Fleabag's Phoebe Waller-Bridge has told the Ryan Tubridy Show on RTÉ Radio 1 that she feared her friend and co-star Andrew Scott would be "eaten alive by the public" after his smouldering performance as The Priest in the hit comedy.
Waller-Bridge and Scott have been friends since they starred together in a play in London 10 years ago, and the Fleabag creator and star said he had given "so much to this show" with his iconic turn as the charismatic cleric in season two.
"Part of me thinks, 'I wonder if my whole writing career has just been me building up to writing something for Andrew so we can hang out again?!'" she laughed.
"I thought there were so many traps I could fall into with kind of 'comedy priest' or 'sitcom priest', and I really wanted him to have a complexity and integrity," she explained to Tubridy. "And the moment I thought of Andrew in the role I couldn't get him out of my head."
When asked if she was surprised that Scott's performance became a "phenomenon" once his scenes had aired, Waller-Bridge replied: "When we were filming episode five, and Andrew whips open the curtain at the confessional scene and I saw the playback of that on the day, I was like, 'Oh, I think we might be in trouble!'.
"Because it just felt like this kind of iconic Darcy moment - the little look on his face and him just looking so rugged and handsome. And I remember thinking then, 'I think he may be eaten alive by the public!' after that moment."
"I've known Andrew for so long and I've always thought, like I said before, he's just so charismatic, [an] incredibly sexy man," she continued. "But so much of that is to do with his openness, and his heart, and his wit. Knowing that, my challenge was to try to bring all that to this character so that Andrew could play all those things.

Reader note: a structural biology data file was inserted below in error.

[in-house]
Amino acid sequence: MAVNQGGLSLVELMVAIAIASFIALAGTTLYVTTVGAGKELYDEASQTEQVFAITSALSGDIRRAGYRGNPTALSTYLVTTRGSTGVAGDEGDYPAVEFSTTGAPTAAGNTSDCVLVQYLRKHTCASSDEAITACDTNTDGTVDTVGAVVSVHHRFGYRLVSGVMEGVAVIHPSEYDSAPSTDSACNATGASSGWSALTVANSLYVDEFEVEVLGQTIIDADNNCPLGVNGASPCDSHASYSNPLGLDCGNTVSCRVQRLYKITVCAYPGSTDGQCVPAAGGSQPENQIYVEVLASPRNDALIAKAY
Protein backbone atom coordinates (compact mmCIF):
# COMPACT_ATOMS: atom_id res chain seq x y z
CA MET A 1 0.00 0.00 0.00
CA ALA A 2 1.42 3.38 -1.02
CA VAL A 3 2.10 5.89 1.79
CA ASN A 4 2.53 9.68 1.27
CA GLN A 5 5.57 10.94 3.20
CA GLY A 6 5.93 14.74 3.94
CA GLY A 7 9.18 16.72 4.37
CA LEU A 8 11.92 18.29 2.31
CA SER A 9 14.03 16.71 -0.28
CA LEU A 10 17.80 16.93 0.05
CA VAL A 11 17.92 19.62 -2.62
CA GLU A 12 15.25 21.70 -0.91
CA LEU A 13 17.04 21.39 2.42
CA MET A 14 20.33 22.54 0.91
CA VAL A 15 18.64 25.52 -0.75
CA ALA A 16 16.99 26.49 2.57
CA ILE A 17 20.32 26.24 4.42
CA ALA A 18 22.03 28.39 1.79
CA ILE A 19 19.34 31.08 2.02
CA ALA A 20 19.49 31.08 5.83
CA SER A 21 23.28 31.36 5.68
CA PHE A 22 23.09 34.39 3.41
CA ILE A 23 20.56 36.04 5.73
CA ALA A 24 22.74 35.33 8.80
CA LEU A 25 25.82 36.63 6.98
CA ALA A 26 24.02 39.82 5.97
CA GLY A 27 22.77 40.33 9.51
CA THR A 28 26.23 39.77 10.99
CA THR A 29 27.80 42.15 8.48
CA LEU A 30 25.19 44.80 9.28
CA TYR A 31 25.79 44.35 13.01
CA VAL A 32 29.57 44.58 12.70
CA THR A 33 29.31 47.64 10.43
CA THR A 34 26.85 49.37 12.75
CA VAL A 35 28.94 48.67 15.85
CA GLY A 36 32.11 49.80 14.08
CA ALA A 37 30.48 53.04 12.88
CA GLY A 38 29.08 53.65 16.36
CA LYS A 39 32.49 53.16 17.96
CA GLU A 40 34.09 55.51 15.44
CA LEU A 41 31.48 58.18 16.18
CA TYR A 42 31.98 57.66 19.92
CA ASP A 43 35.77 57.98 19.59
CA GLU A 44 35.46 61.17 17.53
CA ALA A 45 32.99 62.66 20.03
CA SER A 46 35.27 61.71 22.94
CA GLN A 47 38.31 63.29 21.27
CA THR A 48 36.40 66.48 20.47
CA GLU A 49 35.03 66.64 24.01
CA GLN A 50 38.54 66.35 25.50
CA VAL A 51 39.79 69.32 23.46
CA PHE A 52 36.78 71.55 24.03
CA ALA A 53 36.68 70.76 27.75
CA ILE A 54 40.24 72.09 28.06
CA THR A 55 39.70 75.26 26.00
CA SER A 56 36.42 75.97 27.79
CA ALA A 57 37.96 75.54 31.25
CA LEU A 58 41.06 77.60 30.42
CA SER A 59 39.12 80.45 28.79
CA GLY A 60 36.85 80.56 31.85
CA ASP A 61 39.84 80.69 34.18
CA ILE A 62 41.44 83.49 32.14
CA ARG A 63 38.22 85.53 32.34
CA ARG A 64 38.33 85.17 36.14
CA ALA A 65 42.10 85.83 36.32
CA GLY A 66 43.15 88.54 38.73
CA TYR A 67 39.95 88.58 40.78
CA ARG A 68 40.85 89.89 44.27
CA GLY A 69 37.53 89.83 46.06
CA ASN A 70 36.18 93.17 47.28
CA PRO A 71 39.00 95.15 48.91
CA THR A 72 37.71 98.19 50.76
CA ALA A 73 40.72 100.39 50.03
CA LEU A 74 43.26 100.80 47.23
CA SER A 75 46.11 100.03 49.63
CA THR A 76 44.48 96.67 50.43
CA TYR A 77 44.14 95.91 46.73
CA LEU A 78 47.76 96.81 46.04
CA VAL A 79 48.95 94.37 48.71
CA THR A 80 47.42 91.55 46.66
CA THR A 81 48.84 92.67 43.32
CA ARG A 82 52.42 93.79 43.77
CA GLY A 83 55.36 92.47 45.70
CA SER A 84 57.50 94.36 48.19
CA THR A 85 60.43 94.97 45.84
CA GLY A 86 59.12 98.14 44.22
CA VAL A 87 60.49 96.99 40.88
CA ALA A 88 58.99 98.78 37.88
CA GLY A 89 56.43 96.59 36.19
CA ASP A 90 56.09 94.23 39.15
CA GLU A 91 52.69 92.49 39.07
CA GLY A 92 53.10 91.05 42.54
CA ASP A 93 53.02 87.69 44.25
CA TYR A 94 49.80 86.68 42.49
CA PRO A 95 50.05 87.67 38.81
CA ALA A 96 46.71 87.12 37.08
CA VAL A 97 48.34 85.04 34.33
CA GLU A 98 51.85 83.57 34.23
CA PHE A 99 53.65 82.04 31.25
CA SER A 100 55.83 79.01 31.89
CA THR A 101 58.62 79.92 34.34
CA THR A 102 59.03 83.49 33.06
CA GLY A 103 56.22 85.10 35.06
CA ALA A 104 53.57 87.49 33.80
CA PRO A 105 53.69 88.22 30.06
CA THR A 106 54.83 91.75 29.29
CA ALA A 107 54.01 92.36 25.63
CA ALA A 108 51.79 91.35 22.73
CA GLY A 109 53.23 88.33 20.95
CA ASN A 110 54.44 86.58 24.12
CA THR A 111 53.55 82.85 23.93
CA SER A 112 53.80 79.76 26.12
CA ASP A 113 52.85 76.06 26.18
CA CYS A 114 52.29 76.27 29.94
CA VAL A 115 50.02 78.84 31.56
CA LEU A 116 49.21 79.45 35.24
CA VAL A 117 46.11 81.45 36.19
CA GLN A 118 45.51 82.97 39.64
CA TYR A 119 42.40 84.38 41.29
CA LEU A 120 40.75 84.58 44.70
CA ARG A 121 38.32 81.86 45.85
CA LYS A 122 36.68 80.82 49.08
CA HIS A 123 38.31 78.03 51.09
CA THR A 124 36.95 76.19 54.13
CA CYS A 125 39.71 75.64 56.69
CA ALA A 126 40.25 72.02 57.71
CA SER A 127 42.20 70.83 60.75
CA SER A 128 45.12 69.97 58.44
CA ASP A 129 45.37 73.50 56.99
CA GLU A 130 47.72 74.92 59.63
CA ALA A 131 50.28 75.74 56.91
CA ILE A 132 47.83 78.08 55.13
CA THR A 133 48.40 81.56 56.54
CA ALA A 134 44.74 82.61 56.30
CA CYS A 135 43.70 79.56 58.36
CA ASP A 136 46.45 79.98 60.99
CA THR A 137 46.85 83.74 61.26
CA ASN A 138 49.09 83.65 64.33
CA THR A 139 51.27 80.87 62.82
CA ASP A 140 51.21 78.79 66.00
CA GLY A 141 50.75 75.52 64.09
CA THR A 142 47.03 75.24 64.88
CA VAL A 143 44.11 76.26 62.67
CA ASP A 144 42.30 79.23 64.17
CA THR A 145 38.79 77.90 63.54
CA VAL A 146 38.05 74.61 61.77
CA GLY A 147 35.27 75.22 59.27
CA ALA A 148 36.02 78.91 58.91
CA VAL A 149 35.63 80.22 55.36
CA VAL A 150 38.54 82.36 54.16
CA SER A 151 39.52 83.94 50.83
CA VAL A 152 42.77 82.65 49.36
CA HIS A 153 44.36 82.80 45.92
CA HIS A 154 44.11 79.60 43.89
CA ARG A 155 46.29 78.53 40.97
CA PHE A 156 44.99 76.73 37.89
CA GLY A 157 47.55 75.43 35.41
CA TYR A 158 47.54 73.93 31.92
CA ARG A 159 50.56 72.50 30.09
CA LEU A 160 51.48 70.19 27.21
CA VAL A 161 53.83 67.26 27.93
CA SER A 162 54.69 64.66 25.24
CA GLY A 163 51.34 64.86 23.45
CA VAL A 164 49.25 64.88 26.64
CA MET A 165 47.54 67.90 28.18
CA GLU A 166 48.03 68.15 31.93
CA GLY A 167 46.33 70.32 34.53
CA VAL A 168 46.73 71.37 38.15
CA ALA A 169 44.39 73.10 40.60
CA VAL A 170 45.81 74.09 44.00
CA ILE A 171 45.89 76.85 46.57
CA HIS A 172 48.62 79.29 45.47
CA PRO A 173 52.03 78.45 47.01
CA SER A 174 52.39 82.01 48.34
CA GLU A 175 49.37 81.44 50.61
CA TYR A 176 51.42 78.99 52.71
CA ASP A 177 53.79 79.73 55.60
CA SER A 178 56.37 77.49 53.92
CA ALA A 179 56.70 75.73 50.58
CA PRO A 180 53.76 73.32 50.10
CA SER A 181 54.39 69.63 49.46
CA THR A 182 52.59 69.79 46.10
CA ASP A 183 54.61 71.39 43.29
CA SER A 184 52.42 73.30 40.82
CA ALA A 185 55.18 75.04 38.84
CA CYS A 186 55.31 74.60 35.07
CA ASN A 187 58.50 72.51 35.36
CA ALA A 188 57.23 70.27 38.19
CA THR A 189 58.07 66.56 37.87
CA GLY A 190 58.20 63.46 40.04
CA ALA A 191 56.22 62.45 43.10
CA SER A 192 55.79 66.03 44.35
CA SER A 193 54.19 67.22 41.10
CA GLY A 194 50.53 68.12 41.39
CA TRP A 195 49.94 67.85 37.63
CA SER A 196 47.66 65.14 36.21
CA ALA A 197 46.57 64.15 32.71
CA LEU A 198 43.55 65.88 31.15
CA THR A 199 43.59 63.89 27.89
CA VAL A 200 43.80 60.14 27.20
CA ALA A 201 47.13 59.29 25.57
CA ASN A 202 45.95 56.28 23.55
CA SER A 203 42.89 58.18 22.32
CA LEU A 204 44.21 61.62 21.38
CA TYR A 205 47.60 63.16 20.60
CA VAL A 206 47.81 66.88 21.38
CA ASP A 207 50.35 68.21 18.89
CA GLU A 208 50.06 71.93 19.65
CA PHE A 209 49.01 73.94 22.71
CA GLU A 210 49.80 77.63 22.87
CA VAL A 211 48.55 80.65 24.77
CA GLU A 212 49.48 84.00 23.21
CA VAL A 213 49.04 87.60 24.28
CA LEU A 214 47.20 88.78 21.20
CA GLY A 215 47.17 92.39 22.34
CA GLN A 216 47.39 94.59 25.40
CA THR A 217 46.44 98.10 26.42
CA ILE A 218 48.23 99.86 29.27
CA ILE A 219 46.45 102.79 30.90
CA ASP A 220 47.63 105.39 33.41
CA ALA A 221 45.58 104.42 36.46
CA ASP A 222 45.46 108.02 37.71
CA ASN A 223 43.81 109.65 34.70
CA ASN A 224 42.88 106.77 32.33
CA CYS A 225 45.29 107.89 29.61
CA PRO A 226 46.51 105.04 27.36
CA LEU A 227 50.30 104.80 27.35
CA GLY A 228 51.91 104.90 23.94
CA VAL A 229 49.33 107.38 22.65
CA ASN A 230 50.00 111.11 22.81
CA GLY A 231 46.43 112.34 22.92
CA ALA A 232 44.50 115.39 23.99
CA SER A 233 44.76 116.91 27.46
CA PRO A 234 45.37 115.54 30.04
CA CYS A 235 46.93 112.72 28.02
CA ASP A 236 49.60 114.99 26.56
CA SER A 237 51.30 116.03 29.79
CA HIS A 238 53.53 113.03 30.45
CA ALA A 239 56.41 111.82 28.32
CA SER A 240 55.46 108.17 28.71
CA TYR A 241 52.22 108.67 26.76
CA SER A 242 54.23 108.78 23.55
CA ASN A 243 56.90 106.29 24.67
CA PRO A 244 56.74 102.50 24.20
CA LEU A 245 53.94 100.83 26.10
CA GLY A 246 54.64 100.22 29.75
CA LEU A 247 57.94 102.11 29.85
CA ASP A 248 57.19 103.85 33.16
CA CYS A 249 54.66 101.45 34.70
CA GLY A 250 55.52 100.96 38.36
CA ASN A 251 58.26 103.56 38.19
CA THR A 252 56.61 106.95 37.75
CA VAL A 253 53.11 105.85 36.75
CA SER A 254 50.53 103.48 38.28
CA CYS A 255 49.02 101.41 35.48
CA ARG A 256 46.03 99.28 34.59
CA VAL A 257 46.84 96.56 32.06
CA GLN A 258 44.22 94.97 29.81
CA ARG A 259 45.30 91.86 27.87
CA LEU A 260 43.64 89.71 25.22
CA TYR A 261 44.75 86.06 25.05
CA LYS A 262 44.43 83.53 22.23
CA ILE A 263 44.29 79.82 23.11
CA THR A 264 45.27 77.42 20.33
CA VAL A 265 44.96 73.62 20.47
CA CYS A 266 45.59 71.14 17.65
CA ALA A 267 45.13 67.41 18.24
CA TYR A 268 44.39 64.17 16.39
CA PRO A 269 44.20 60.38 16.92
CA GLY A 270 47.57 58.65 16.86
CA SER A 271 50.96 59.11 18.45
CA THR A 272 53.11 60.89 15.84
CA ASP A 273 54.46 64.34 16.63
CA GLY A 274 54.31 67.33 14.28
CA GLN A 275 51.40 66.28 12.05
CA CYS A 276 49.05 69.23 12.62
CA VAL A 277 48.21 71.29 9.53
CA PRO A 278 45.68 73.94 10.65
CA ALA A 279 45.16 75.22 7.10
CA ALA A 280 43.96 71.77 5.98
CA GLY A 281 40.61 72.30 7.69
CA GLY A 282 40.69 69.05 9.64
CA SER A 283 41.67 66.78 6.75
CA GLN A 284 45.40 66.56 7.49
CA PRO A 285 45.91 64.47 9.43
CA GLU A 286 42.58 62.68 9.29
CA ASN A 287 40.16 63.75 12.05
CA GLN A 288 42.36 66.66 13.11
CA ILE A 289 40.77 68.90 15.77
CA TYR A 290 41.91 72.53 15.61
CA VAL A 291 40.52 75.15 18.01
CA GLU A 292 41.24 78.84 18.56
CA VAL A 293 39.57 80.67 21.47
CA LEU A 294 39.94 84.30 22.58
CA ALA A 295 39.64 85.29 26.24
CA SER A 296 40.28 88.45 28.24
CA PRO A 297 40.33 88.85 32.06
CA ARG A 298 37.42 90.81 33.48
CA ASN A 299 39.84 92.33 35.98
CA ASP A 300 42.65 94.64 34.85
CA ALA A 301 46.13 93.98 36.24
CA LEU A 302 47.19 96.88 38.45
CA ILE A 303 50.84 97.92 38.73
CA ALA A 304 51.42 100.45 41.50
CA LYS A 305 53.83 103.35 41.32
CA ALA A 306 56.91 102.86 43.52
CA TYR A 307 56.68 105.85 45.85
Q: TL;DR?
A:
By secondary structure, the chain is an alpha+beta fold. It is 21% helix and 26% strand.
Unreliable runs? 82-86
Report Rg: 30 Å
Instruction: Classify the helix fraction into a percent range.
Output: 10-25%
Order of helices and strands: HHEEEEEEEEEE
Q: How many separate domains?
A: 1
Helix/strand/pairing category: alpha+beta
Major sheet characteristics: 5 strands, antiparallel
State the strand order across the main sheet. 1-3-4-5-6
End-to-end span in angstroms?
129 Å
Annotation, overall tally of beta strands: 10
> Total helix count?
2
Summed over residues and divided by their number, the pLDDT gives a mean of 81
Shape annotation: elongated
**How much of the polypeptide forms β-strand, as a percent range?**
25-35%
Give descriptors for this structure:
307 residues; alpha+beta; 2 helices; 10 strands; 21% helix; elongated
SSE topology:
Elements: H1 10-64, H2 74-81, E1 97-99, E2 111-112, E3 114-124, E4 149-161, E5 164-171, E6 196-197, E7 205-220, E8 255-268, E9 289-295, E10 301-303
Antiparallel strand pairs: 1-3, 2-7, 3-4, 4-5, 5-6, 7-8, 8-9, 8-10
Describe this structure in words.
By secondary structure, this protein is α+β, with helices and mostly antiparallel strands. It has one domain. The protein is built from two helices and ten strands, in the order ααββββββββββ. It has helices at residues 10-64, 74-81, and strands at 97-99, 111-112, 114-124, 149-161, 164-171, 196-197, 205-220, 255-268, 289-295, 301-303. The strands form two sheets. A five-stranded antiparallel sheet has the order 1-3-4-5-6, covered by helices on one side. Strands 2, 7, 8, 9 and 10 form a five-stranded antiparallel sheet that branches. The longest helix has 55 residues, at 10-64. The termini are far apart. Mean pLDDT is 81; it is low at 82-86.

"I knew that if we could capture even a thimble of what Andrew had in real life in this character then we'd have everyone screaming for more."
Waller-Bridge also spoke about the creation of the character, and how the real-life insights of "a monk called Father William" had helped to bring The Priest to life.
"We met once and we spoke on the phone quite a few times," she recounted. "That was the insight that I desperately needed, because I needed to speak to a priest - and he'd been a priest for many years before - who completely owned the fact that he was also a man and a human and was vulnerable with me when talking to me about it.
"That was an incredible insight, because he said some things that just expanded my brain in terms of what it means to have faith, but also just really broke my heart as well in terms of things he doesn't consider sacrifices but things I would consider sacrifices. We talked about celibacy, which was something I never thought I'd have the opportunity to talk to a priest about - sex.
"So I was very, very lucky with his contributions. And then talking to Andrew in such detail about this character and what he wanted to bring to it as well... I was just so lucky with the people; everyone wanted it to be a vulnerable character.
"I really wanted him to be a good man, because there's so much cynicism around the Catholic Church and around priests and all that sort of thing. I actually think that the basic principles of that faith are good, and to be kind. I thought that was something the show really needed as well."